County puts #036;140,000 to

Published 12:00 am Tuesday, December 19, 2000

work for Sheriff’s Dept.


Staff Writer

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Dec. 18, 2000 10 PM

Three Pike County Commissioners gathered Monday morning for a public hearing regarding the expenditure of grant funds provided by the Alabama Department of Economic and Community Affairs.

With no opposition being voiced, the public hearing lasted only minutes ­ the same period of time in which a situation can escalate into violence.

The $104,000 Law Enforcement Block Grant discussed Monday will be used to in the event the Pike County Sheriff’s Department ever has to respond to a potentially violent situation.

"We’re (the county commission) totally in favor of supporting the sheriff in this block grant," Pike County Commission Chairman Willie Thomas said.

Combined with a $11,555 local match, $115,555 will be spent to upgrade the department’s ability to respond to hostage or other potentially violent situations.

A majority of the funding ­ $82,600 ­ will be spent on vehicles with the remaining being used to purchase protective equipment for seven deputies.

The grant will also fund training for a special team of deputies to respond to hostage situations involving armed subjects or other dangerous situations.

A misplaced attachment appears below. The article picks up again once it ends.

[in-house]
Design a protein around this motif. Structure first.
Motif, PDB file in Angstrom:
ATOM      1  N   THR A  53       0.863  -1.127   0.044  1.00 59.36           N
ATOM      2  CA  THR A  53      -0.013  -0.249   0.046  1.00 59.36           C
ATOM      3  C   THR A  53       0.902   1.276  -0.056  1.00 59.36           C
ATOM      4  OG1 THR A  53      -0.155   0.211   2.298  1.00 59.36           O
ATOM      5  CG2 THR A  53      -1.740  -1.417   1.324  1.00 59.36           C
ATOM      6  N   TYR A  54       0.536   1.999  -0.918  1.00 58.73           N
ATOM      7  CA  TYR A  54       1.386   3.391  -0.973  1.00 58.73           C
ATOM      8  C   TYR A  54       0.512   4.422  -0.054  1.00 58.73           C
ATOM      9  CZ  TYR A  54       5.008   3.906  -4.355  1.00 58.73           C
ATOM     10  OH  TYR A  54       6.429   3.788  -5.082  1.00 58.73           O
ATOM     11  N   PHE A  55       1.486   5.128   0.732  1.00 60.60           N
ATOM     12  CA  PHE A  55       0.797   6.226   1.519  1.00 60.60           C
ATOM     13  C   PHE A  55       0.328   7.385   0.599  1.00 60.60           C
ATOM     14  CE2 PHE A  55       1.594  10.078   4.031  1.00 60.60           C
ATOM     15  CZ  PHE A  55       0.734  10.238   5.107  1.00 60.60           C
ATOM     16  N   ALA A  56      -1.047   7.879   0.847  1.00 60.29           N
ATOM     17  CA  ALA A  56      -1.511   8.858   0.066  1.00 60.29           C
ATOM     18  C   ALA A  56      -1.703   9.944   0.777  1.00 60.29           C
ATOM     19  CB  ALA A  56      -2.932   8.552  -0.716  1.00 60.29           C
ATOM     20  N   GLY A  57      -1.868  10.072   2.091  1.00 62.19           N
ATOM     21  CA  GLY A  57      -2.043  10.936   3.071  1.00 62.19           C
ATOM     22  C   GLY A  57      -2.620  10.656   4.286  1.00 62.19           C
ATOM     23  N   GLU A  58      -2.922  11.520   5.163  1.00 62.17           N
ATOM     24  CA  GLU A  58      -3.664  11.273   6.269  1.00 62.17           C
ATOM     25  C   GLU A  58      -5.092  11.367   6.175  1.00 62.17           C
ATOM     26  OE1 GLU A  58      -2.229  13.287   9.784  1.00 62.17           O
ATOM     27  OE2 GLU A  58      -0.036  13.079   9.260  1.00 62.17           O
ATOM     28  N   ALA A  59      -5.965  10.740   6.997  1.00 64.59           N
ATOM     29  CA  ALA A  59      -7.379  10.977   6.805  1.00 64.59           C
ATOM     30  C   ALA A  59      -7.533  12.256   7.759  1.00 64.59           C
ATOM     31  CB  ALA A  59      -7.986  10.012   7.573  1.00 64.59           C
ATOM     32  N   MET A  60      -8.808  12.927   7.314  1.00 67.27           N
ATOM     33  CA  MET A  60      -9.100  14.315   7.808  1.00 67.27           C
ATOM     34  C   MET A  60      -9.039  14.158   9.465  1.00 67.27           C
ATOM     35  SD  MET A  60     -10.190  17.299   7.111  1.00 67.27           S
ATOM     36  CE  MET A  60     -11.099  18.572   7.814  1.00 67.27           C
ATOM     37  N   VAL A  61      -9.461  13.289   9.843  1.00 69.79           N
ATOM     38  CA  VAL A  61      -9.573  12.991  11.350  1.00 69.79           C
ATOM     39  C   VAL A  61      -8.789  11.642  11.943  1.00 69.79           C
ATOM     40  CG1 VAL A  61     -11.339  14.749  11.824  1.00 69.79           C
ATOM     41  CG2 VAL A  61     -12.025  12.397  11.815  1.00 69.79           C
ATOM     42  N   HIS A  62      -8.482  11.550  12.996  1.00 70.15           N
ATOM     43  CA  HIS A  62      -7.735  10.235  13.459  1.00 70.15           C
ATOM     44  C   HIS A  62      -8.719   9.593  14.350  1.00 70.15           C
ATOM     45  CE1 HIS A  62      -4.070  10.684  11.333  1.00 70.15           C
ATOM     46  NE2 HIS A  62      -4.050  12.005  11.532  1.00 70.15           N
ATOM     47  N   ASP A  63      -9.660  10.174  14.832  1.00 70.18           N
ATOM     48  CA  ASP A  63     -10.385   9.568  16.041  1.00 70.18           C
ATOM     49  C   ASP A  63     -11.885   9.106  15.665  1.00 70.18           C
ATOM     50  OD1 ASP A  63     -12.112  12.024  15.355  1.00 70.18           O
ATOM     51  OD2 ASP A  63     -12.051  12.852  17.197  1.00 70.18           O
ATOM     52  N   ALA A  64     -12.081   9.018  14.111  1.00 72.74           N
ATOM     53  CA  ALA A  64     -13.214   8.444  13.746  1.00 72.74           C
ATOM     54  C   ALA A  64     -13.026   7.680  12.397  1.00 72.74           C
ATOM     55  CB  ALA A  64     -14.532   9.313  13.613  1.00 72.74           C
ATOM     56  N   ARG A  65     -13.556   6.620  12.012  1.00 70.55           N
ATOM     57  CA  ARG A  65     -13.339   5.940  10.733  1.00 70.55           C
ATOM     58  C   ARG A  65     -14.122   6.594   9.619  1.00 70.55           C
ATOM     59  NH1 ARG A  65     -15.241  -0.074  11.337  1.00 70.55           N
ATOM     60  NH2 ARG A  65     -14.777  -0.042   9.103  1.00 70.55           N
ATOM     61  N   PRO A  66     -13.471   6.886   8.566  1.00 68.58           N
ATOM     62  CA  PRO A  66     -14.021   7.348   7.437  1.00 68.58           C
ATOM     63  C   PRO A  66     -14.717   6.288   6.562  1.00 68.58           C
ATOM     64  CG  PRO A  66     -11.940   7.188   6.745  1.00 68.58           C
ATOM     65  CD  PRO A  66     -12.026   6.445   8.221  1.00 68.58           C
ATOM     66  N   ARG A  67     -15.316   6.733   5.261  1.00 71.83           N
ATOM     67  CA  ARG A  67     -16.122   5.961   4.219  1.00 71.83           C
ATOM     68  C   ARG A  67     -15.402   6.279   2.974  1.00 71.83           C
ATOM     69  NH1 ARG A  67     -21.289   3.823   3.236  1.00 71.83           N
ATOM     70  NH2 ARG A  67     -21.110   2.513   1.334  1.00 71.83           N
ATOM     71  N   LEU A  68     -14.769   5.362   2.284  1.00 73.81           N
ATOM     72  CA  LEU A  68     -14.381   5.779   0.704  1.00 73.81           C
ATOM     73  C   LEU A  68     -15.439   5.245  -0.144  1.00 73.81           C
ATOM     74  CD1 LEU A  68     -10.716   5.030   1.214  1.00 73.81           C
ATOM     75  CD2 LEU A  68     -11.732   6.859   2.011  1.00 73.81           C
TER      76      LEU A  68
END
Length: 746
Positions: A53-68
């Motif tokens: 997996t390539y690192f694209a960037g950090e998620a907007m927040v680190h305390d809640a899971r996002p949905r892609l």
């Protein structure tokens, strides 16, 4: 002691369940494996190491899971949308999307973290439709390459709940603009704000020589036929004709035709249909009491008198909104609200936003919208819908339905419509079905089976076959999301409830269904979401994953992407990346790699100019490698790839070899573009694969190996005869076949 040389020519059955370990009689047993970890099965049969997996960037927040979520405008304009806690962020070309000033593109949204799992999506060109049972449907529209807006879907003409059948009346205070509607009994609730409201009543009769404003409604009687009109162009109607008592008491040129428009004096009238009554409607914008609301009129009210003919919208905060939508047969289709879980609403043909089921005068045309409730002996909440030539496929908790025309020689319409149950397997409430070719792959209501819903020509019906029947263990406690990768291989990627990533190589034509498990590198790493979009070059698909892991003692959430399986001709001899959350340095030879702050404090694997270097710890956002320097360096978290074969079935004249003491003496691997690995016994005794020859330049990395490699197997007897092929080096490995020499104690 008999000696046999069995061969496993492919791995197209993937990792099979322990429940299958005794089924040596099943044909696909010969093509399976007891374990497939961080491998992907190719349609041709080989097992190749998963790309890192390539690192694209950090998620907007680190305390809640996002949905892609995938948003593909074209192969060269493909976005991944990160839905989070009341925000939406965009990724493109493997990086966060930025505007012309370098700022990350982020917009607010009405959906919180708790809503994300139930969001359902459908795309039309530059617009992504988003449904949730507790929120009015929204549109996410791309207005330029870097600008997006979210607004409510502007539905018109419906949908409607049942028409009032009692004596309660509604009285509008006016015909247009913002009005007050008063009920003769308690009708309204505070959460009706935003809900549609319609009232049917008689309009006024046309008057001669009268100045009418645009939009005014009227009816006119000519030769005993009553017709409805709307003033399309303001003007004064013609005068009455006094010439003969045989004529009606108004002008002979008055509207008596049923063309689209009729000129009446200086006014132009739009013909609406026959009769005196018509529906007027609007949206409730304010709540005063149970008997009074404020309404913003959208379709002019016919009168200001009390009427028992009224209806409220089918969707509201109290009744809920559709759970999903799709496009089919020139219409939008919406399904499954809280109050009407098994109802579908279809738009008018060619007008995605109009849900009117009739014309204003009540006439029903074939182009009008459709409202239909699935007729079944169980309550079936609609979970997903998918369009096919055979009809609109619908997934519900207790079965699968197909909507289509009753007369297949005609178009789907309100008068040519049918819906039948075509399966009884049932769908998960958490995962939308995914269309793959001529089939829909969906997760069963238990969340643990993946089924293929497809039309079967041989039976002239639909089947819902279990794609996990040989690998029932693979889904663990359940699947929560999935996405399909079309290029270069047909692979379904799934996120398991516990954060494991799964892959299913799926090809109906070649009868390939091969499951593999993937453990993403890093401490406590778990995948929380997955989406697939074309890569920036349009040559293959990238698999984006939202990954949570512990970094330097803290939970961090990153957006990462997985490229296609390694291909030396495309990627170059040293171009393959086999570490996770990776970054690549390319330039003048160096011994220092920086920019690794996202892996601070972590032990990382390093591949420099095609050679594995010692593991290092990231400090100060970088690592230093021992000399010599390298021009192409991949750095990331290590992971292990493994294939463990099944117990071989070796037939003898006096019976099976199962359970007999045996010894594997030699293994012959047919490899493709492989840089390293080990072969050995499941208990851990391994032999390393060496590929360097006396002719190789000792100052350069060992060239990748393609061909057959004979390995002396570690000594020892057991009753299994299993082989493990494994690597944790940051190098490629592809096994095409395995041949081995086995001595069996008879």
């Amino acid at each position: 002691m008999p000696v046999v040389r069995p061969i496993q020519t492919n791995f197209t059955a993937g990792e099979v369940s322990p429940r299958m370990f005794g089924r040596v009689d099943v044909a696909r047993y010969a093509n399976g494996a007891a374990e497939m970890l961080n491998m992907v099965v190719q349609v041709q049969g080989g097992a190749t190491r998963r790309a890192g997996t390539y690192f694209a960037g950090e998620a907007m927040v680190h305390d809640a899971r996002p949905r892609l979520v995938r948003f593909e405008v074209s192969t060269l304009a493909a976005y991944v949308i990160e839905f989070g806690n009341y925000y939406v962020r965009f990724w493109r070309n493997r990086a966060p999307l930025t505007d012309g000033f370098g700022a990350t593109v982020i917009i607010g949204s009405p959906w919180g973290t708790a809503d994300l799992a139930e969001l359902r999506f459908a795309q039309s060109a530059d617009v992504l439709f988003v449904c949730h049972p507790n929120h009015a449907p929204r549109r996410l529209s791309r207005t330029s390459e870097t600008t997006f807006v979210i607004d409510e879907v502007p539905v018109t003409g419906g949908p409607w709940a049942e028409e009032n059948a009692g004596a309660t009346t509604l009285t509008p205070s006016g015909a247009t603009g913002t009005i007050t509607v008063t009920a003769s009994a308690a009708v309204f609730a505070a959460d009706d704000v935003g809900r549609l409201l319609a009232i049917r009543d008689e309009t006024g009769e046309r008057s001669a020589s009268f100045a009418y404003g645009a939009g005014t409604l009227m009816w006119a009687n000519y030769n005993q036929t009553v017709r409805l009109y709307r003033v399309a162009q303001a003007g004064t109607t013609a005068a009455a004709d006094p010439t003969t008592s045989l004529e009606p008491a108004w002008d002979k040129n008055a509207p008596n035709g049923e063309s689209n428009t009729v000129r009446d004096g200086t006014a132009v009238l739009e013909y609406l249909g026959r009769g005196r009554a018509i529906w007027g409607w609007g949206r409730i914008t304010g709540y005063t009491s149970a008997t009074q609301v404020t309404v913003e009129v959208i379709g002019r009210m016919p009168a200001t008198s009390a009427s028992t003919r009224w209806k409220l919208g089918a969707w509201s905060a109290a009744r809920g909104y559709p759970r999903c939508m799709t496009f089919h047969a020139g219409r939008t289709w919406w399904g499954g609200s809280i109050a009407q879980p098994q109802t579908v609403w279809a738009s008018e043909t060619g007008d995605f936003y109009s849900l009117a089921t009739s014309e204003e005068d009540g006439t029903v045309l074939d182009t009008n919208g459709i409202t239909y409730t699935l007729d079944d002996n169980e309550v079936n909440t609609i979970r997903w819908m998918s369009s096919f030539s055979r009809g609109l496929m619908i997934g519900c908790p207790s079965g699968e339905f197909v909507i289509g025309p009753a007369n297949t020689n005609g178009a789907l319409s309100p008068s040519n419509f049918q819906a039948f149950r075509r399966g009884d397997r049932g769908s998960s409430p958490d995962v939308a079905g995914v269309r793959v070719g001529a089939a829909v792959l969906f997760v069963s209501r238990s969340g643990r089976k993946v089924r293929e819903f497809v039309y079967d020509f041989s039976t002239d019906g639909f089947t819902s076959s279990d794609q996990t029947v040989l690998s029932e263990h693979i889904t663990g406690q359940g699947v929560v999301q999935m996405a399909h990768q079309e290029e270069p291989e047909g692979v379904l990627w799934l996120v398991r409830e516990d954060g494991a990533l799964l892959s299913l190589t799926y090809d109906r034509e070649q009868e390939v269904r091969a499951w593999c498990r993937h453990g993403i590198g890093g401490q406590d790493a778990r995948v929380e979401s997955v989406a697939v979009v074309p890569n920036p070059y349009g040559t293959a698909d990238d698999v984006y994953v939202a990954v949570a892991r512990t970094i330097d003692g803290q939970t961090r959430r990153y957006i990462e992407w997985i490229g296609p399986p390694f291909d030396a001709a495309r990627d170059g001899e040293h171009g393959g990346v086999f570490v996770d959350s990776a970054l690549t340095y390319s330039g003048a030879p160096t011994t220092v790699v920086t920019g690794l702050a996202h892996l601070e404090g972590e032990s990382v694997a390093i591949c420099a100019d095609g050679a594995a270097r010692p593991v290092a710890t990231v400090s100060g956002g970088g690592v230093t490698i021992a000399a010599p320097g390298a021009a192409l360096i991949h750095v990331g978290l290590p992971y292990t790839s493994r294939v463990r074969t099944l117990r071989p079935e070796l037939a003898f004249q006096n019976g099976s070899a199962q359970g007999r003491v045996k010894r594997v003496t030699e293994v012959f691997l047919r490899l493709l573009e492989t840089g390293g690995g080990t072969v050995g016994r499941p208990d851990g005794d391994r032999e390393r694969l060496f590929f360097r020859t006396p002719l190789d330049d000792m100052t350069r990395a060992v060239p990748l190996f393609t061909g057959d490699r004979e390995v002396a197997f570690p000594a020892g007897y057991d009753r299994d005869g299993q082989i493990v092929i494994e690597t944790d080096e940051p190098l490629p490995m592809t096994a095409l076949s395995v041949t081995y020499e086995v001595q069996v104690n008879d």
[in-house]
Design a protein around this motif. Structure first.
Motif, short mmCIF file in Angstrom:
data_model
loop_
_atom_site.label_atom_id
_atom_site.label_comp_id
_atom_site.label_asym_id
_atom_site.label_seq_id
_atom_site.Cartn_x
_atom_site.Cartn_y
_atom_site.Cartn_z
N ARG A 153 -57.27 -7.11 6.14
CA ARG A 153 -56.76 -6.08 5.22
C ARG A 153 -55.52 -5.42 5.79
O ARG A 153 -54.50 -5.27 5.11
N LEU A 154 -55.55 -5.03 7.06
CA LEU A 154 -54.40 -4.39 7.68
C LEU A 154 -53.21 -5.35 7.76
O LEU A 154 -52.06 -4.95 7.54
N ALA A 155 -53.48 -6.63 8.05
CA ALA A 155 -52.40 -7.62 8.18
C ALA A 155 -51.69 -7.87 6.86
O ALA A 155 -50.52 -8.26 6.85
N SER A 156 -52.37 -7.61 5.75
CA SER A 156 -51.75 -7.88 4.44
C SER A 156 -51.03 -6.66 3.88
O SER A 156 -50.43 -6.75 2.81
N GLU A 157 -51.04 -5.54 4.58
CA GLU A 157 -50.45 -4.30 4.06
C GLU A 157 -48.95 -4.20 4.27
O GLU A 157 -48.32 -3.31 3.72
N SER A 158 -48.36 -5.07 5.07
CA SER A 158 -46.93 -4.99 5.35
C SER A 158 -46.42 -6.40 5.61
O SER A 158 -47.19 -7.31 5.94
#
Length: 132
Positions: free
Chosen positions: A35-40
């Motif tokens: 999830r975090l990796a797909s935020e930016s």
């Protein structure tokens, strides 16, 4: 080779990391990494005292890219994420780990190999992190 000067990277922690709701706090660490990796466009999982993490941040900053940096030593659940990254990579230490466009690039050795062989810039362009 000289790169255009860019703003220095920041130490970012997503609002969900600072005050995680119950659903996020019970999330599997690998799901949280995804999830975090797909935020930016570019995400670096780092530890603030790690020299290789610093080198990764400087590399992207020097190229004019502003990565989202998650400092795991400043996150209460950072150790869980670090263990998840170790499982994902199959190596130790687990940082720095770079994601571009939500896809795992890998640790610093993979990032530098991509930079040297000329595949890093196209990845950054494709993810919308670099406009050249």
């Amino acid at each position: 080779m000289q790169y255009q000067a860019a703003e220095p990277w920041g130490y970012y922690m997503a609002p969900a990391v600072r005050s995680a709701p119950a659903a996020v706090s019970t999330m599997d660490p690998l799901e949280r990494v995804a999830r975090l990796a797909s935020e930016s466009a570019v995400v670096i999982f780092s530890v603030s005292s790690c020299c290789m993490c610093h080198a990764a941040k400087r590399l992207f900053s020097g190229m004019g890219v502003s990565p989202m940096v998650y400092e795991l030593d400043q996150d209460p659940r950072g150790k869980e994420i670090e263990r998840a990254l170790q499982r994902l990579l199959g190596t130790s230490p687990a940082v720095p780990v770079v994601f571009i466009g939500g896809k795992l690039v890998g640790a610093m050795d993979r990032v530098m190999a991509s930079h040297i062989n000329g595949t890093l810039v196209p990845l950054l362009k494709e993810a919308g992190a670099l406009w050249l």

Pike County Sheriff Russell Thomas said the grant will allow the department to purchase equipment it would otherwise not be able to get because of the expense involved.

"I want our people to be equipped with the necessary tools," Thomas said. "They’re asked to do a lot of dangerous things and I want to do what it takes to protect them."

With national headlines constantly highlighting problems in schools and other hostage situations, Thomas said he wants deputies to be prepared in the event something like that happens here.

"I hope the problem never arises, but if it does, we’ll be ready," Thomas said.

He said the equipment will also be used during situations, such as search warrants, which have the potential of being dangerous for law enforcement officers.

The grant proposal entitled "Law Enforcement in the New Millennium 2000 and Beyond" was the first to be awarded in this grant cycle, the sheriff said.

In addition to Thomas, Commissioners Charlie Harris and Larry Meeks were present for the public hearing.